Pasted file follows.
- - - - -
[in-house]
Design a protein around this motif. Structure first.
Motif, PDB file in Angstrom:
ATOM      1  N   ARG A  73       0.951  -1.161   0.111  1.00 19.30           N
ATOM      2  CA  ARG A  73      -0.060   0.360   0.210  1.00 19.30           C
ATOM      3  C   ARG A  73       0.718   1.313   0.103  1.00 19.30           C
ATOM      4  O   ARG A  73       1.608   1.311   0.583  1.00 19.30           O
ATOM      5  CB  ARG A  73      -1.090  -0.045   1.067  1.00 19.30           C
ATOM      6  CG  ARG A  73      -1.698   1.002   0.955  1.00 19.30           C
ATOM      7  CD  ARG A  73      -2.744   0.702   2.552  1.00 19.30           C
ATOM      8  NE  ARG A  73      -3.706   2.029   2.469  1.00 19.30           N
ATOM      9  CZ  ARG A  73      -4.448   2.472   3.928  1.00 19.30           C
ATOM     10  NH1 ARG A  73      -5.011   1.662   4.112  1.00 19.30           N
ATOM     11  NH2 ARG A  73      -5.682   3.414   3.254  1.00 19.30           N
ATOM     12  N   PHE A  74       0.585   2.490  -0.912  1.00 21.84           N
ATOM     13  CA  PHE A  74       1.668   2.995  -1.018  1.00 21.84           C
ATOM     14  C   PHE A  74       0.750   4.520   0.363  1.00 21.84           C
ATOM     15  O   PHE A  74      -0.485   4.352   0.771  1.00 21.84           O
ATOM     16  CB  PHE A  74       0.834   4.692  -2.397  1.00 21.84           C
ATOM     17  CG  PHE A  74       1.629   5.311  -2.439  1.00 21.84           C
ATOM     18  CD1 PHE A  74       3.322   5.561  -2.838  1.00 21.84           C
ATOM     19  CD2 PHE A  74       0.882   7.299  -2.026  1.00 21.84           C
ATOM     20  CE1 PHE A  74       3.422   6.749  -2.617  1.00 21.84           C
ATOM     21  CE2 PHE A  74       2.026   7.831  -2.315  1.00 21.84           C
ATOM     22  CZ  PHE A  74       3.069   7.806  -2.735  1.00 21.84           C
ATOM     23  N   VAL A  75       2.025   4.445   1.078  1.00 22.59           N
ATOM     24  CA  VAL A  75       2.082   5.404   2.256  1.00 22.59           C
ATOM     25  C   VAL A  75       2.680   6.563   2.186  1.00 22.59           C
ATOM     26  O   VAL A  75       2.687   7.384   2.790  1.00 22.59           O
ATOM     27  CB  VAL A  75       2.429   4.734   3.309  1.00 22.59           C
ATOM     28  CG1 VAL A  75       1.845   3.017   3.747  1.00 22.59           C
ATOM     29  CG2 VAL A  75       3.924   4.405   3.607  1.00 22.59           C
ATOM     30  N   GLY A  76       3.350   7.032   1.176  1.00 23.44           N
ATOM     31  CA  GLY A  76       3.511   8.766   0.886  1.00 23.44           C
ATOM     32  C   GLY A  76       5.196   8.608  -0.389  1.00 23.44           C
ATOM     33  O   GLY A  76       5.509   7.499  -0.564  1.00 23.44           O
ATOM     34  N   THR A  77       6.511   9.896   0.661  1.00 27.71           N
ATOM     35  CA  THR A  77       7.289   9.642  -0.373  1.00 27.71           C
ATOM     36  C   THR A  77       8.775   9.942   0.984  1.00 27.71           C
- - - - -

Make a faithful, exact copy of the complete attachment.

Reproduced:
[in-house]
Design a protein around this motif. Structure first.
Motif, PDB file in Angstrom:
ATOM      1  N   ARG A  73       0.951  -1.161   0.111  1.00 19.30           N
ATOM      2  CA  ARG A  73      -0.060   0.360   0.210  1.00 19.30           C
ATOM      3  C   ARG A  73       0.718   1.313   0.103  1.00 19.30           C
ATOM      4  O   ARG A  73       1.608   1.311   0.583  1.00 19.30           O
ATOM      5  CB  ARG A  73      -1.090  -0.045   1.067  1.00 19.30           C
ATOM      6  CG  ARG A  73      -1.698   1.002   0.955  1.00 19.30           C
ATOM      7  CD  ARG A  73      -2.744   0.702   2.552  1.00 19.30           C
ATOM      8  NE  ARG A  73      -3.706   2.029   2.469  1.00 19.30           N
ATOM      9  CZ  ARG A  73      -4.448   2.472   3.928  1.00 19.30           C
ATOM     10  NH1 ARG A  73      -5.011   1.662   4.112  1.00 19.30           N
ATOM     11  NH2 ARG A  73      -5.682   3.414   3.254  1.00 19.30           N
ATOM     12  N   PHE A  74       0.585   2.490  -0.912  1.00 21.84           N
ATOM     13  CA  PHE A  74       1.668   2.995  -1.018  1.00 21.84           C
ATOM     14  C   PHE A  74       0.750   4.520   0.363  1.00 21.84           C
ATOM     15  O   PHE A  74      -0.485   4.352   0.771  1.00 21.84           O
ATOM     16  CB  PHE A  74       0.834   4.692  -2.397  1.00 21.84           C
ATOM     17  CG  PHE A  74       1.629   5.311  -2.439  1.00 21.84           C
ATOM     18  CD1 PHE A  74       3.322   5.561  -2.838  1.00 21.84           C
ATOM     19  CD2 PHE A  74       0.882   7.299  -2.026  1.00 21.84           C
ATOM     20  CE1 PHE A  74       3.422   6.749  -2.617  1.00 21.84           C
ATOM     21  CE2 PHE A  74       2.026   7.831  -2.315  1.00 21.84           C
ATOM     22  CZ  PHE A  74       3.069   7.806  -2.735  1.00 21.84           C
ATOM     23  N   VAL A  75       2.025   4.445   1.078  1.00 22.59           N
ATOM     24  CA  VAL A  75       2.082   5.404   2.256  1.00 22.59           C
ATOM     25  C   VAL A  75       2.680   6.563   2.186  1.00 22.59           C
ATOM     26  O   VAL A  75       2.687   7.384   2.790  1.00 22.59           O
ATOM     27  CB  VAL A  75       2.429   4.734   3.309  1.00 22.59           C
ATOM     28  CG1 VAL A  75       1.845   3.017   3.747  1.00 22.59           C
ATOM     29  CG2 VAL A  75       3.924   4.405   3.607  1.00 22.59           C
ATOM     30  N   GLY A  76       3.350   7.032   1.176  1.00 23.44           N
ATOM     31  CA  GLY A  76       3.511   8.766   0.886  1.00 23.44           C
ATOM     32  C   GLY A  76       5.196   8.608  -0.389  1.00 23.44           C
ATOM     33  O   GLY A  76       5.509   7.499  -0.564  1.00 23.44           O
ATOM     34  N   THR A  77       6.511   9.896   0.661  1.00 27.71           N
ATOM     35  CA  THR A  77       7.289   9.642  -0.373  1.00 27.71           C
ATOM     36  C   THR A  77       8.775   9.942   0.984  1.00 27.71           C